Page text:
Why recommend a brand face-to-face but not on Facebook? How word-of-mouth on online social sites differs from traditional word-of-mouth

Reference: Eisingerich, A.B., Chun, H.H., Liu, Y., Jia, H., Bell, S.J. (2015).  Why recommend a brand face-to-face but not on Facebook?  How word-of-mouth on online social sites differs from traditional word-of-mouth in Journal of Consumer Psychology, 25(1) 120-128

Main idea: A comparison between traditional word of mouth and electronic word of mouth, and the impact of social media on the use of e-wom.


In this article, what is mainly discussed and highlighted on is a comparison between consumer traditional word-of-mouth, what is commonly referred to as WOM and the electronic word of mouth, what is known as e-wom but mentioned in the article as Swom (word of mouth on social sites). For starters, word of mouth receivers are mainly individuals and small group of people who have ties with the person giving out the information and the communication is done by one-to-one conversations and there is high interaction when exchanging information. However, receivers of Swom information are mainly present on social networks and do not necessarily have personal ties with the person giving out the information and communication is carried out in a one-to-many manner by posting a review on Facebook for example.

With the rise of social media platforms and social networking applications and sites, tendency to use Swom should also increase. However, what was found after conducting three studies was that people preferred not to engage in Swom as much as they engaged in WOM. Many reasons behind people’s preference to use WOM over Swom and one main reason behind people’s preference was the social risk attributed with the giving out of information that was not viewed as positive by the targeted audience. Moreover other reasons behind the preference for the use of WOM over sWOM are the need for self-enhancement and acceptance by others.  Basically, “it is a function of perceived social risk as clearly stated in the article. Thus, perceived social risk “mediates” the effect of communication mode on people’s willingness to provide word-of-mouth in study 1, and “salience” of social risk further magnifies the difference between people’s desire to offer sWOM and WOM in study 3. They also found that self enhancement need mitigates the difference between consumers ‘willingness to provide sWOM and WOM, regardless of whether they inherently possess a high self-enhancement need as in study 2 or when their self-enhancement need is temporarily evoked as in study 3”.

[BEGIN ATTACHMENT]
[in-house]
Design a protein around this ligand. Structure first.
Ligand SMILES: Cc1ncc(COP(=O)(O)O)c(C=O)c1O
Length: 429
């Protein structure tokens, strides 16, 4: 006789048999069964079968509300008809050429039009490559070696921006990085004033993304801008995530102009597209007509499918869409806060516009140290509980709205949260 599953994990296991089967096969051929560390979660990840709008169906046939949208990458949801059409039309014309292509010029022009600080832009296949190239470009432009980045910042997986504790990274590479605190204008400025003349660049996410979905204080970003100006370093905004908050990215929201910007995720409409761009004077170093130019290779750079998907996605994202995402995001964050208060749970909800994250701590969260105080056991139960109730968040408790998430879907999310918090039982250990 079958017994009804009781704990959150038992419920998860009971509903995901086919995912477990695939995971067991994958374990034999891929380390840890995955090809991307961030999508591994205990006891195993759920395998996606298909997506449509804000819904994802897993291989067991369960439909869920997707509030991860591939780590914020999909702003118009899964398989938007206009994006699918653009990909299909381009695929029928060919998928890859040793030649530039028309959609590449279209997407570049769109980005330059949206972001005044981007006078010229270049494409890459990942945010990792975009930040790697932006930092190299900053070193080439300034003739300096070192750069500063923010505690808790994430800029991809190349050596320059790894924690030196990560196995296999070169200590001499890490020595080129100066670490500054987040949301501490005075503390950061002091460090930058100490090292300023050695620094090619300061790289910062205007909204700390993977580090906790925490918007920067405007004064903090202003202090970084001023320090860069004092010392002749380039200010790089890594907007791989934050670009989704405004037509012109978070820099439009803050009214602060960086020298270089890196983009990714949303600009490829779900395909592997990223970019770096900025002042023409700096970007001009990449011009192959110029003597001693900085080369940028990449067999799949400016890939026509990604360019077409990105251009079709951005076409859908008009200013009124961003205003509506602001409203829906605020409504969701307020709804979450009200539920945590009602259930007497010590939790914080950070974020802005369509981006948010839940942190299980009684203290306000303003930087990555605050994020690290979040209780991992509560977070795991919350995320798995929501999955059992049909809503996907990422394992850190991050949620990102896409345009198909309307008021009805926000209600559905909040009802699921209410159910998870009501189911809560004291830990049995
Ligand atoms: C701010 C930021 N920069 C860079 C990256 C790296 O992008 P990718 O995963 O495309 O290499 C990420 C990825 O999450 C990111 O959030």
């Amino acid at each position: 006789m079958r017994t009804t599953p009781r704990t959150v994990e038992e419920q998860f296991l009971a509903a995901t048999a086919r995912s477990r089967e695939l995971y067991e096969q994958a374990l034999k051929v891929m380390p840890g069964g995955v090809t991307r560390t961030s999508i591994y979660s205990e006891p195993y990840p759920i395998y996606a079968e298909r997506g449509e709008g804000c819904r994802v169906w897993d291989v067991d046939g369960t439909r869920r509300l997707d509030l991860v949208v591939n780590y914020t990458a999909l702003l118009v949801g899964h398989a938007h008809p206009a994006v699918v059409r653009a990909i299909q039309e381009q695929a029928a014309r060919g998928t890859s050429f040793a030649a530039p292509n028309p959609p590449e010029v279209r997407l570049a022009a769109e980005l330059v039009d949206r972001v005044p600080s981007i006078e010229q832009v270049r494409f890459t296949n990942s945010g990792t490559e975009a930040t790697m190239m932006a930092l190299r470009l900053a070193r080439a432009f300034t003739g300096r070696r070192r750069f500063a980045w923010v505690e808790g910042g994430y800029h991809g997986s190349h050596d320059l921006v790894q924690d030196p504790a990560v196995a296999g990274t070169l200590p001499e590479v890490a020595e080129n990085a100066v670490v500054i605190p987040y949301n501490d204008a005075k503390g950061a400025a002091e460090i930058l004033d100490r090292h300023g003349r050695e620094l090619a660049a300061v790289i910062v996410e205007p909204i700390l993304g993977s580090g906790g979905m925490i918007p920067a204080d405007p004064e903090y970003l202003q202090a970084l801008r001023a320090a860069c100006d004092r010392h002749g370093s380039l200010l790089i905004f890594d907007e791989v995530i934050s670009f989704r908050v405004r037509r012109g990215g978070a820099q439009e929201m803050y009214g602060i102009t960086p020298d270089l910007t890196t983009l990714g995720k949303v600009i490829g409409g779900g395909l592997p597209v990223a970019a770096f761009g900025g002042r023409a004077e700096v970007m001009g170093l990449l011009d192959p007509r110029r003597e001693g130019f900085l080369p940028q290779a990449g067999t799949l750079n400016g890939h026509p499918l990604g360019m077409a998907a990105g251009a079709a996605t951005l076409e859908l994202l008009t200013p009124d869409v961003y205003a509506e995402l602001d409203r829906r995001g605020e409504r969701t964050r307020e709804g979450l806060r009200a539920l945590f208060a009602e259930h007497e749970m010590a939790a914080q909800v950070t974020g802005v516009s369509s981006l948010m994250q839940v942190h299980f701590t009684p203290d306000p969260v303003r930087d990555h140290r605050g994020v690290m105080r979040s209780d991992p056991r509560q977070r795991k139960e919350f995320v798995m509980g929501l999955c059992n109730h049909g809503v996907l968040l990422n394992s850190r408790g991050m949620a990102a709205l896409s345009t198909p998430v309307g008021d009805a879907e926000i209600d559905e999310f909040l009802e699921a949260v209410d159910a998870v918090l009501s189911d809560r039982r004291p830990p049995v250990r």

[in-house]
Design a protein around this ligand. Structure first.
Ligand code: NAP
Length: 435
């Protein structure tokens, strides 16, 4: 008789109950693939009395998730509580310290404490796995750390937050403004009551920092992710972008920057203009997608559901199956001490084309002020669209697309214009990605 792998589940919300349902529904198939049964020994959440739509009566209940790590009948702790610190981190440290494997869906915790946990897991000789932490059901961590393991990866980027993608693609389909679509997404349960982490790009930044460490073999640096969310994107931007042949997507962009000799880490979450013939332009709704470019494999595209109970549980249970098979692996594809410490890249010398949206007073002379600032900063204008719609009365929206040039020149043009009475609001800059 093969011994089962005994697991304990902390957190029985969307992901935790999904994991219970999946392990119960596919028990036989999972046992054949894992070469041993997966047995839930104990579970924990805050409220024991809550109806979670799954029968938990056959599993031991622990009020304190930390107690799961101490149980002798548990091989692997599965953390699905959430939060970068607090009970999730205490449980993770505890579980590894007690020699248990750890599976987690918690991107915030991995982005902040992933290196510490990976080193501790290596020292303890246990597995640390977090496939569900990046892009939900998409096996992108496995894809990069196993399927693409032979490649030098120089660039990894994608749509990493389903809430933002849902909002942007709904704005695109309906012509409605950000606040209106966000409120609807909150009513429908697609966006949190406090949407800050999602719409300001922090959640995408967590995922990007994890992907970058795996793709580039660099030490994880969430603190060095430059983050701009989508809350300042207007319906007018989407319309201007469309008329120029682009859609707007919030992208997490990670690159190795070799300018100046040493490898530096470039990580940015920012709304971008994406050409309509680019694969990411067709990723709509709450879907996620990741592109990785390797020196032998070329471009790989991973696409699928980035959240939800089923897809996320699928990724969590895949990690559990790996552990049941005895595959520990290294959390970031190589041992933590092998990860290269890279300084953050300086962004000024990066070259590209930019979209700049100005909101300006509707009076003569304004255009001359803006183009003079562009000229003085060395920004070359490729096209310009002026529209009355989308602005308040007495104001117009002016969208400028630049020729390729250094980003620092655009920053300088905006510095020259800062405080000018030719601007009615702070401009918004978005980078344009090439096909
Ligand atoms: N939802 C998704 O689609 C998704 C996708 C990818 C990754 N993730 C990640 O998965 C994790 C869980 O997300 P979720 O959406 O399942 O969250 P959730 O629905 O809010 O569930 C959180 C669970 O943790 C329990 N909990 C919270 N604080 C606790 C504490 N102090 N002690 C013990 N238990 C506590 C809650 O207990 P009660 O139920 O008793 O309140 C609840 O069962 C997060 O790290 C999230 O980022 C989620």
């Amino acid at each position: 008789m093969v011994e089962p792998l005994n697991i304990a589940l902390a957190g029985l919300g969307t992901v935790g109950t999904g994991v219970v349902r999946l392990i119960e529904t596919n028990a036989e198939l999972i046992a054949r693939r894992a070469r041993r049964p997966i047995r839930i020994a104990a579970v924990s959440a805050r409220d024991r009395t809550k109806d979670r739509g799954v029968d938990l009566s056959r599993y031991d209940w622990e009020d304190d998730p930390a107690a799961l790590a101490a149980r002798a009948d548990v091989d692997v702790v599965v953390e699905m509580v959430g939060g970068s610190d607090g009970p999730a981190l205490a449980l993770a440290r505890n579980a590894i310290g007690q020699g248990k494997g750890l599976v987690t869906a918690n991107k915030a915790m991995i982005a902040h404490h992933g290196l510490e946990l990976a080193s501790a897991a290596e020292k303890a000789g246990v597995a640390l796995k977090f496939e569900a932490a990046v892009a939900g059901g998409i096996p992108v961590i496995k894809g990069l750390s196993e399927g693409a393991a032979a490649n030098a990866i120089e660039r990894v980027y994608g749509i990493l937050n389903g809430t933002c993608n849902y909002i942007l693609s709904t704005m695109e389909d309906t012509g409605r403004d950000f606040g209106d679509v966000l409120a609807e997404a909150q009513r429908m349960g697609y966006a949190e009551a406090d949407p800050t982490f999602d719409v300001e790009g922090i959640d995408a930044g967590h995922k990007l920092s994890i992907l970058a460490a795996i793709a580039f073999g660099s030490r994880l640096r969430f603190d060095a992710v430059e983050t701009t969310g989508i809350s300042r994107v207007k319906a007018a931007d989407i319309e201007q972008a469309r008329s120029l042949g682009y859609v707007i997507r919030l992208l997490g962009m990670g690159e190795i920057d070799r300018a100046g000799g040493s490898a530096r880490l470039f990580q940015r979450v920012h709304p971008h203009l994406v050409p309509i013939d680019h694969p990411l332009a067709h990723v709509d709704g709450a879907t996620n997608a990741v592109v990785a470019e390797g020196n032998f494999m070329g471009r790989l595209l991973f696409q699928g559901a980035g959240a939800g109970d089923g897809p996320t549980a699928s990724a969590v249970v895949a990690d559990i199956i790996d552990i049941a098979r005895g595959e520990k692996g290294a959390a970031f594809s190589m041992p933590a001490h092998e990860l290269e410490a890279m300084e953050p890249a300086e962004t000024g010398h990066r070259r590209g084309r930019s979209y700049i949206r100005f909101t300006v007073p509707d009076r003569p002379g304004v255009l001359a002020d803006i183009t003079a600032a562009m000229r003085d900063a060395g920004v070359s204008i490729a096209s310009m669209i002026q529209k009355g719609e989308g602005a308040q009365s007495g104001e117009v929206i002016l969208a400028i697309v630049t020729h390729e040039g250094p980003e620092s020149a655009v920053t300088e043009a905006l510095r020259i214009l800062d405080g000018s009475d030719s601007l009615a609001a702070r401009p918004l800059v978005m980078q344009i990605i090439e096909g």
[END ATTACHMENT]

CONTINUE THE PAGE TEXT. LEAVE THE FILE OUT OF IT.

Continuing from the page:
sWOM is more sensitive to self-enhancement motives and to social risk perceptions than WOM because of the high number of people involved. And as a wrap up to what the authors tried to find in their three studies was the difference between people’s desire to engage in sWOM and WOM is mediated by perceived social risk and amplified and increased when social risk is made noticeable. Moreover, they show that the consumers’ need to self-enhance lessen the difference in willingness to offer sWOM versus WOM.

What is suggested after these findings is that marketers find ways to encourage customers to engage more in sWOM without thinking about the negative consequences and threats and social sanctions. This study also only focused on positive word-of-mouth, however it would also be interesting to find out what happens when negative word-of-mouth is communicated on social media platforms and how companies try to regulate such incidents.

Working with connective flow: how smartphone use is evolving in practice

Reference: Dery, K., Kolb, D., & MacCormick, J. (2014). Working with connective flow: how smartphone use is evolving in practice in European Journal of Information Systems, 23(5), 558-570

Main idea: This article highlights on the use of smartphones and their impact on people’s daily lives and lives at work.


Nowadays, the presence of smartphones has impacted individuals in both the work and non-work place, since they have managed to make their way into our daily lives. Working people don’t really find it easy for themselves to detach from the use of these devices and thus don’t know how to enjoy what is really going on around them anymore. The ease of use of these devices as well as their ease of mobility is what contributed to people becoming more and more attached to their screens. It is now difficult to disconnect from work even if the person was not physically present at the office. As mentioned in the article, “workers find themselves faced with the decision of if, when and how much to “switch off” from work to participate in family, community, and, other non-work activities, including sleep, rest and relaxation”.